W19-030 Accuracy and precision of compounded famciclovir for treatment of cats affected with feline herpesvirus type-1.
(A Winn-funded research project final report)
Principal Investigators: Louise O’Leary, Lionel Sebbag, Rachel Allbaugh; Iowa State Universit
Feline herpesvirus (FHV-1) is the most common infectious organism in cats worldwide. The virus causes ocular, respiratory and dermatological disease that often becomes recurrent or chronic, resulting in prolonged suffering, vision loss, or even death. Famciclovir is an antiviral medication that has revolutionized therapy for infected cats as it is safe and remarkably effective against FHV-1. However, as famciclovir is manufactured in tablets, which can be challenging to administer to cats due to their large size, veterinarians and owners are increasingly reaching for compounded famciclovir, in which the drug is suspended in liquid formulation for ease of administration.
A major question remains – is compounded famciclovir reliable? Unlike their FDA-approved counterparts, compounded drugs seldom undergo any quality control testing. In fact, many compounded formulations are ineffective according to recent veterinary literature. For famciclovir, such erroneous formulations would mean prolonged clinical signs, increased shedding and spread of virus, and promotion of antiviral resistance.
This research group has been able to answer the simple but critical clinical question “is compounded famciclovir reliable?”. To answer this question, analysis of the drug content of a large number of compounded formulations of famciclovir obtained from different compounding pharmacies across the U.S. was performed, comparing the findings of the compounded formulations with those of FDA-approved famciclovir tablets. The drug content analysis was repeated for each sample at different time points to determine if the samples were consistent over time. The samples were also all ordered from each pharmacy on three separate occasions to allow for determination of precision (intra-pharmacy repeatability).
All FDA-approved medications must have drug content that lies within 90-110% of the labelled dose (ie, a 250 mg tablet must have drug content between 225-275 mg) to meet quality standards, and this was confirmed in all three different brands of FDA-approved tablets we tested. These acceptance criteria are also recommended for compounded medications. However, it was found that the compounded famciclovir suspensions tested were inaccurate and rarely met the acceptance standards, deviating by a mean of -18% for the 250 mg/ml suspensions tested and a mean of -52.9% for the 400 mg/ml suspensions tested.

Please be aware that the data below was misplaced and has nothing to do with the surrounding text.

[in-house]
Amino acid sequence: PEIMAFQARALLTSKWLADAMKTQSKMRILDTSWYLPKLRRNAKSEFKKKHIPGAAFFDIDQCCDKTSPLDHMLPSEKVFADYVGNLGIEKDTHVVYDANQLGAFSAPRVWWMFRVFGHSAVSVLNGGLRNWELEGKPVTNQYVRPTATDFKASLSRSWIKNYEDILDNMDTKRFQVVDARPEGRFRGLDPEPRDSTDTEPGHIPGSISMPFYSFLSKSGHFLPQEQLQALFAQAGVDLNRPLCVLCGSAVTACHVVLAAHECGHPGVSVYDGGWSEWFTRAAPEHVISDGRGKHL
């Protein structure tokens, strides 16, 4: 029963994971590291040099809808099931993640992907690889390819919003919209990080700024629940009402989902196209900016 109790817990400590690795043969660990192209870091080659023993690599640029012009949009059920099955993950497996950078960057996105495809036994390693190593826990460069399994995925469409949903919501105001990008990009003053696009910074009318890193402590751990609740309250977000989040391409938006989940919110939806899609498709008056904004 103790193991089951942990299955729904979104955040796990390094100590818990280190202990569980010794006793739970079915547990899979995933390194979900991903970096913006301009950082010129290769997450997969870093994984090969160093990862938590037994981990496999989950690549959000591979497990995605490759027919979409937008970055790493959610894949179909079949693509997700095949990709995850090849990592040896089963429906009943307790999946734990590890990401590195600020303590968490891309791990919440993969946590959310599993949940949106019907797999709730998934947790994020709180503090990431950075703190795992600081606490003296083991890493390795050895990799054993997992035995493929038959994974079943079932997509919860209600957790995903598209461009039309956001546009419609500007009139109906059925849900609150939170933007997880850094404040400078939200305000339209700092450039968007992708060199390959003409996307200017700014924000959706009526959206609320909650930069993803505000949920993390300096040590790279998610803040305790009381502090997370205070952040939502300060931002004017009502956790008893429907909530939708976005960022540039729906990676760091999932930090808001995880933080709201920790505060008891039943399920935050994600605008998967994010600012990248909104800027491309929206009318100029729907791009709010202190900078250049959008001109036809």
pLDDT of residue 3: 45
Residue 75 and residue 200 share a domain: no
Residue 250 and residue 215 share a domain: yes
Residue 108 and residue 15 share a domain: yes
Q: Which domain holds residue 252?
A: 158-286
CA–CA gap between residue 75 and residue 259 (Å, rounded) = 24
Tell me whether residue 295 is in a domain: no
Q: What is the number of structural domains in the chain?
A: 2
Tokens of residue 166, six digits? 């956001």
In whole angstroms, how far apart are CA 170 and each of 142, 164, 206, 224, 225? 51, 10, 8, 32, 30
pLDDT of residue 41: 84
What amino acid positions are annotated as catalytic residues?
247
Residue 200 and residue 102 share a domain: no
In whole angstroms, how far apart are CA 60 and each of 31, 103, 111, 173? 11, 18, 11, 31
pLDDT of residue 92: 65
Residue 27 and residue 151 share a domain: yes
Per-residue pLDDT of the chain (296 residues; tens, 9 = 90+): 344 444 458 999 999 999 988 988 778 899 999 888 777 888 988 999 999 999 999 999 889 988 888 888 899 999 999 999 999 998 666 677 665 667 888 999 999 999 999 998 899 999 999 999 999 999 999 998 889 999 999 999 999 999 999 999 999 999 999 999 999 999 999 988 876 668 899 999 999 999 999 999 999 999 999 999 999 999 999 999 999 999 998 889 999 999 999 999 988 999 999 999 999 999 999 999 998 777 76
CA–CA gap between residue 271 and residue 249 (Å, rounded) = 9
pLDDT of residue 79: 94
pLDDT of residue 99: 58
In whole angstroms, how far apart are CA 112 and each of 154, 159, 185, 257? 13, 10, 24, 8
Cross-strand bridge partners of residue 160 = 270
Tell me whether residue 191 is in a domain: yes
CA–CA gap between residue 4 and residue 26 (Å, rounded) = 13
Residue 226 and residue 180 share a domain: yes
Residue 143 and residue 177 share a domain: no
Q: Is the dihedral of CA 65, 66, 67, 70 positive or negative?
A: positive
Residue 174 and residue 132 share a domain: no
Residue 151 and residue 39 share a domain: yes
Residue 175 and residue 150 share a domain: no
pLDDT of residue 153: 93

The few compounded samples that did meet the acceptance criteria did not meet the acceptance standards at all repeat orders and so were imprecise. Drug content also fluctuated significantly over the three times points tested, both increasing and decreasing, showing poor consistency. Based on these results, compounded suspensions of famciclovir prepared by compounding pharmacies should not be recommended over the FDA-approved tablets, because the compounded products do not meet USP standards, and are of inferior quality, strength, precision, and accuracy. Treatment of cats infected with feline herpesvirus-1 infection with compounded famciclovir would be subtherapeutic and ineffective.
Publications: A manuscript was submitted to the Journal of Feline Medicine and Surgery, March 2020.
Presentation: An abstract accepted for presentation at American College of Veterinary Ophthalmologist Conference (Boston, Massachusetts), September 23-26th 2020.
Summary prepared for Winn Feline Foundation © 2020